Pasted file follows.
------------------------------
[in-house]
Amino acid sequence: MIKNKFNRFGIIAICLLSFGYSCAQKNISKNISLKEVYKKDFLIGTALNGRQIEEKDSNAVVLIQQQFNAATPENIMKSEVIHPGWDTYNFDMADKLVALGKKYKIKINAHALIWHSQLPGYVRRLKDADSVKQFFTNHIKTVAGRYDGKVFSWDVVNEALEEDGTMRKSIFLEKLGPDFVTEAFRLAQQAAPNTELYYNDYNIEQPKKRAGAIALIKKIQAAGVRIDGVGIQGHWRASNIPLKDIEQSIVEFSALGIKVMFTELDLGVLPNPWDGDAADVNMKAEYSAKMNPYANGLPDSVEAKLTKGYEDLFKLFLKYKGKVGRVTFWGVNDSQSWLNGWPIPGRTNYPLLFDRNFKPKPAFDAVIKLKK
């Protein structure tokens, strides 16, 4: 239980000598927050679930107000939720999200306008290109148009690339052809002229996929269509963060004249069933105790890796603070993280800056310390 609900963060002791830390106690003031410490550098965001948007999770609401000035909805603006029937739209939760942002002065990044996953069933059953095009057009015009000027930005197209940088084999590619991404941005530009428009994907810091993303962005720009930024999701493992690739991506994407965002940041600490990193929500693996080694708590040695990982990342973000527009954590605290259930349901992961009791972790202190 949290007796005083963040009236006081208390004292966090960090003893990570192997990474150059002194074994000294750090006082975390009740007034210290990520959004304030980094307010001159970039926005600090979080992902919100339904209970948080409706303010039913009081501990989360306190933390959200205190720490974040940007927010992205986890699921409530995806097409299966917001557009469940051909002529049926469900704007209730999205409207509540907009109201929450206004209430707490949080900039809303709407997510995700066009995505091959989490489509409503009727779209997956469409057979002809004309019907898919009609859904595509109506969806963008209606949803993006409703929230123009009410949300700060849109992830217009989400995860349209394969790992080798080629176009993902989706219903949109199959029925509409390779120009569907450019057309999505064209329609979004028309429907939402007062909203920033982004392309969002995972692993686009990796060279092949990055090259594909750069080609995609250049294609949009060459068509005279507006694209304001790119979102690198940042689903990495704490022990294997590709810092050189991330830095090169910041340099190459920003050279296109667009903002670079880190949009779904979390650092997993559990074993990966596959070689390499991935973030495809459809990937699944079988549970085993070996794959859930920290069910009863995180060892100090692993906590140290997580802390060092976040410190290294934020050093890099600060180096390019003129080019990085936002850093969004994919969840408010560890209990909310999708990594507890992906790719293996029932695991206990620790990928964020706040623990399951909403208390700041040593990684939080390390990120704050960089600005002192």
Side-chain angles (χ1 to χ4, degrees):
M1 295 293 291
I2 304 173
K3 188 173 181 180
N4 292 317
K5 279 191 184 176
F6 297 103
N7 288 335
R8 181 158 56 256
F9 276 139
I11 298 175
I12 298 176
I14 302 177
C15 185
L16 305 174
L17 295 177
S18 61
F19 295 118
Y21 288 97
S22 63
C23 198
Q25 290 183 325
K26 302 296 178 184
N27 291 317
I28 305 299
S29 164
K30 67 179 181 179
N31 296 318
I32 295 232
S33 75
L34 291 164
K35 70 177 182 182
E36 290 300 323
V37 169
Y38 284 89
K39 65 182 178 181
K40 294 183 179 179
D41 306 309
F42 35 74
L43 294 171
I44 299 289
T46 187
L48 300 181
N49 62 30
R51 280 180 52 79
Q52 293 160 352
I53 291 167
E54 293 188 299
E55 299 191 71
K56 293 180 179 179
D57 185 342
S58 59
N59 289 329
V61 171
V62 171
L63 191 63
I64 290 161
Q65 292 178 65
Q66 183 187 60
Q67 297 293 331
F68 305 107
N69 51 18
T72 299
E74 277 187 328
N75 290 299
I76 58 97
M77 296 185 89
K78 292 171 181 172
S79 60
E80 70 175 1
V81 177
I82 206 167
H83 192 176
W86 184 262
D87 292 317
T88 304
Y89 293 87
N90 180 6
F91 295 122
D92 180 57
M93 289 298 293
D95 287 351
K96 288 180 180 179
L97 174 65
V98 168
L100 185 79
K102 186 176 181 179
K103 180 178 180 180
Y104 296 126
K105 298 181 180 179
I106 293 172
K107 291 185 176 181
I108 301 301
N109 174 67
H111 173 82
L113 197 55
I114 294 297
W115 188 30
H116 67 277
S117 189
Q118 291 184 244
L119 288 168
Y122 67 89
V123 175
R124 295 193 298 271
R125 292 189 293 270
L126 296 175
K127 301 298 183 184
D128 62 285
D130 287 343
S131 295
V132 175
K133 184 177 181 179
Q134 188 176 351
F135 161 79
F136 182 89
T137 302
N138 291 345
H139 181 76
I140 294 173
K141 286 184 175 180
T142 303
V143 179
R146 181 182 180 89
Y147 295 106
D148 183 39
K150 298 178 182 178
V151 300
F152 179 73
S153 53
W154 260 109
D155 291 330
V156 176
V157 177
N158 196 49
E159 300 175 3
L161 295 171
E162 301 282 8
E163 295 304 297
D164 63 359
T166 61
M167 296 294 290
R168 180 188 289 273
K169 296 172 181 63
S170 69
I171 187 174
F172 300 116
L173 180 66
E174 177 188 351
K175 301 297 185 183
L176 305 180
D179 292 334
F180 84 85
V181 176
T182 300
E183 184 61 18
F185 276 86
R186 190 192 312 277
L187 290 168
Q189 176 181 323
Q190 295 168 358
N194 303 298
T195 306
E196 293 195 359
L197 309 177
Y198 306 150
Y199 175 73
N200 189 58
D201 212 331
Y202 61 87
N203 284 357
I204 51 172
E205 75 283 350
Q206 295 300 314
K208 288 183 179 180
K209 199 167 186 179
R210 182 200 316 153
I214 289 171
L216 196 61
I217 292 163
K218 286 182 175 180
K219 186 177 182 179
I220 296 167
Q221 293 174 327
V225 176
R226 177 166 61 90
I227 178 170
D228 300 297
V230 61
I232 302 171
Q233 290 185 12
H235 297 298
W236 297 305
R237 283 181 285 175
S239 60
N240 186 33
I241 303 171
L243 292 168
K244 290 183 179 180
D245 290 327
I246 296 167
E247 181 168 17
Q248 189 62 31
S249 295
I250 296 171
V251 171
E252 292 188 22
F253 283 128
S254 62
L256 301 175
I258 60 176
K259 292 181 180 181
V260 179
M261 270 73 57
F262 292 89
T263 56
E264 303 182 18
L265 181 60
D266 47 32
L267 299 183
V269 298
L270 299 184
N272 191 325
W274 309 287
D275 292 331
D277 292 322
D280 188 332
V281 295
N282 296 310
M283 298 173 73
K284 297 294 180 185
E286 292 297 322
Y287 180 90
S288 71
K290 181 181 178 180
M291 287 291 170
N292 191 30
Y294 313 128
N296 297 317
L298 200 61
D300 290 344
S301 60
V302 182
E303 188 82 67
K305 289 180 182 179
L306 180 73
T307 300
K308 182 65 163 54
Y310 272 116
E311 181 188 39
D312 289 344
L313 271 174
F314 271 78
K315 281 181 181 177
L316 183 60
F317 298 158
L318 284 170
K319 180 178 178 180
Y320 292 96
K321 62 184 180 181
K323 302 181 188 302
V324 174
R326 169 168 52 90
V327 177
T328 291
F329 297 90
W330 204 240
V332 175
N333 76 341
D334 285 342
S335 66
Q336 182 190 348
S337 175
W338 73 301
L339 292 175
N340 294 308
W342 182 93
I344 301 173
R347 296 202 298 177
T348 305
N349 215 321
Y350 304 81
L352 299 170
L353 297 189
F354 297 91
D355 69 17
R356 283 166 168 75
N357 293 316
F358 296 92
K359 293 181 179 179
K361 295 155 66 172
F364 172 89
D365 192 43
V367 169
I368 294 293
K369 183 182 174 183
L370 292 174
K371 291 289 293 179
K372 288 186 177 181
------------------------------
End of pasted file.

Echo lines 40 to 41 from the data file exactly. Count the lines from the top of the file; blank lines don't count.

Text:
K40 294 183 179 179
D41 306 309